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Culture Secretary: Guidance around indoor shows without social distancing may not come until 'November at the earliest'

The MP spoke today on BBC Radio 4

The cast of Snow White at The London Palladium
© Dan Wooller for WhatsOnStage

Culture Secretary Oliver Dowden gave more information about when indoor performances without social distancing may be able to resume.

While outdoor, socially distanced shows are currently permissable and indoor shows with distancing will be allowed from 1 August, it seems as though indoor shows without social distancing will be a longer way off.

Speaking on BBC Radio 4 this morning, Dowden said: "We can only give the guidance to resume performances without social distancing when it is safe to do so. The Prime Minister has indicated that will be November at the earliest."

What is notable here is that Dowden claims that he is unable to "give the guidance" until November – essentially meaning that venues wanting to stage pantos will have almost zero time to prepare sets, market productions or rehearse.

When asked why theatres might not know until November if they can open in December, Dowden went on: "We will make the decision as rapidly as we can. But given where we are globally, and the risks around the world, this virus is far from defeated and I don't want to give people false hope."

Dowden added that he "completely understands the desire" for a date when indoor shows can reopen without social distancing. "When it comes to November we will look again".

The MP's words will, according to composer and venue owner Andrew Lloyd Webber, spell disaster for the possibility of panto season – as he recently mentioned the festive shows needs to know by 1 August if it can feasibly go ahead.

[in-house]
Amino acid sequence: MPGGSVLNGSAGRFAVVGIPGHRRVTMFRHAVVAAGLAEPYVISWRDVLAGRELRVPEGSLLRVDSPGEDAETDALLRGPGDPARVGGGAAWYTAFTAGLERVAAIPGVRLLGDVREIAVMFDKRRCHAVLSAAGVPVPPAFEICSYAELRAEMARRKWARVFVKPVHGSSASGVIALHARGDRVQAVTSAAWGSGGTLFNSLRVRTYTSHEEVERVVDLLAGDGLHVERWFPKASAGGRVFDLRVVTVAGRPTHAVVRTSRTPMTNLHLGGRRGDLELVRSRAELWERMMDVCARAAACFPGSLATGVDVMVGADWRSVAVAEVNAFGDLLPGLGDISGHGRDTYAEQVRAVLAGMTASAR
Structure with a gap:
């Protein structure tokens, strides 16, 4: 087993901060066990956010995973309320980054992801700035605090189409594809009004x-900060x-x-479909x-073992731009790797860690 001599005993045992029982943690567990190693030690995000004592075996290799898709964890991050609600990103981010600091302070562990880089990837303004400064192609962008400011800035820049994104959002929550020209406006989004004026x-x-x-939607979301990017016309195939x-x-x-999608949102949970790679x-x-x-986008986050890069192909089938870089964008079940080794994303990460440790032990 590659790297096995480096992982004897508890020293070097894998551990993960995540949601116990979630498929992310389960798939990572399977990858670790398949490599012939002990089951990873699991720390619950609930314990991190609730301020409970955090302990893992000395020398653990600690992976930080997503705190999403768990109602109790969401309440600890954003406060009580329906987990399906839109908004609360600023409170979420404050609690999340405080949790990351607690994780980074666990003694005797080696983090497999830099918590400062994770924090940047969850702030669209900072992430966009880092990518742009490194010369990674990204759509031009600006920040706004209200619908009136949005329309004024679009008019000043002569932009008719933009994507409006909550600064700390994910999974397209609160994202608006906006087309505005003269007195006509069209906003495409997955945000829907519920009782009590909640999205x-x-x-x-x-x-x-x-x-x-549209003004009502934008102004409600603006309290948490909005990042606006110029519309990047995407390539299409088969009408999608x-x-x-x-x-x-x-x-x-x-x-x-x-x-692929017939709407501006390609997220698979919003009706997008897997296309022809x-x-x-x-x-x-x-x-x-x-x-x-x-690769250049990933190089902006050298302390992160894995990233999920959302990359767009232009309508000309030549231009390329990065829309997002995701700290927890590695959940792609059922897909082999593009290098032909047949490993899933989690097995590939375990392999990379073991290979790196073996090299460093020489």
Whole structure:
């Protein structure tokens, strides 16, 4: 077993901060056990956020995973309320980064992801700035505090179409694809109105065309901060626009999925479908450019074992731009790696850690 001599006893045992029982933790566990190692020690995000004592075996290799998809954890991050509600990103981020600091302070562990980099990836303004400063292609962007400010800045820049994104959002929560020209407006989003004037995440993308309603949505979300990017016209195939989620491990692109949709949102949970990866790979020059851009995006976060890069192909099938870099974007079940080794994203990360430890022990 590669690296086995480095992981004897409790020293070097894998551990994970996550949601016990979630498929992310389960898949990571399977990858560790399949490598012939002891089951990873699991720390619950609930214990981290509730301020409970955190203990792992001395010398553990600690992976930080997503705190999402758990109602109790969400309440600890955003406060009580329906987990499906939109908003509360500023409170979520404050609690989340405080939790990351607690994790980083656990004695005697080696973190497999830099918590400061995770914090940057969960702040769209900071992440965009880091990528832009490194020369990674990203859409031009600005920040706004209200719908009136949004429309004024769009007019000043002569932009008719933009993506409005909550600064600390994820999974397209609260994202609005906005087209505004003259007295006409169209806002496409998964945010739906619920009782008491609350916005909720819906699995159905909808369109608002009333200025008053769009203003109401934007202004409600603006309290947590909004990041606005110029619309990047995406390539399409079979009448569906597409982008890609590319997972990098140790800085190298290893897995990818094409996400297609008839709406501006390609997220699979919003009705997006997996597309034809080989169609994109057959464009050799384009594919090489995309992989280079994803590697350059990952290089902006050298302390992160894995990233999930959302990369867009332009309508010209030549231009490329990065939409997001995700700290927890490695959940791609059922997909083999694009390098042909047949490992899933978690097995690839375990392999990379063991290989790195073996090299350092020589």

Lloyd Webber has highlighted the fact that plane passengers can sit side-by-side with masks for any number of hours within an enclosed space, while theatres remain unable to sit audiences in a similar manner.

A recent trial with socially distanced audiences was labelled "a disaster" by producer Cameron Mackintosh due to the odd environment.

New details around the government's support package were revealed this morning

Jon Morgan of the Theatres Trust said of Dowden's announcement: "Theatres Trust is disappointed to learn that the government will not be setting a date for theatres to reopen without social distancing before November. We appreciate the difficulty and the need for caution, but this means the vast majority of theatres will have no choice but to cancel their pantomime or Christmas show that generates the income to sustain them through the rest of the year, as November will not be sufficient notice to prepare productions and sell tickets.

"This means that more theatres will need to be supported through the government's £1.57bn rescue package. We are pleased to see that Arts Council England's criteria for its £500m share of the £880m grants element is broad enough to include most theatres, but we are concerned that this will not be enough to save all theatres. We urge funding bodies to consider and prioritise the circumstances of theatres that rely on pantomime for a significant proportion of their turnover (as much as 40 per cent in some cases). If the funds do not reach enough of these theatres, particularly with the furlough scheme ending in October, we will see more theatres closing their doors permanently."

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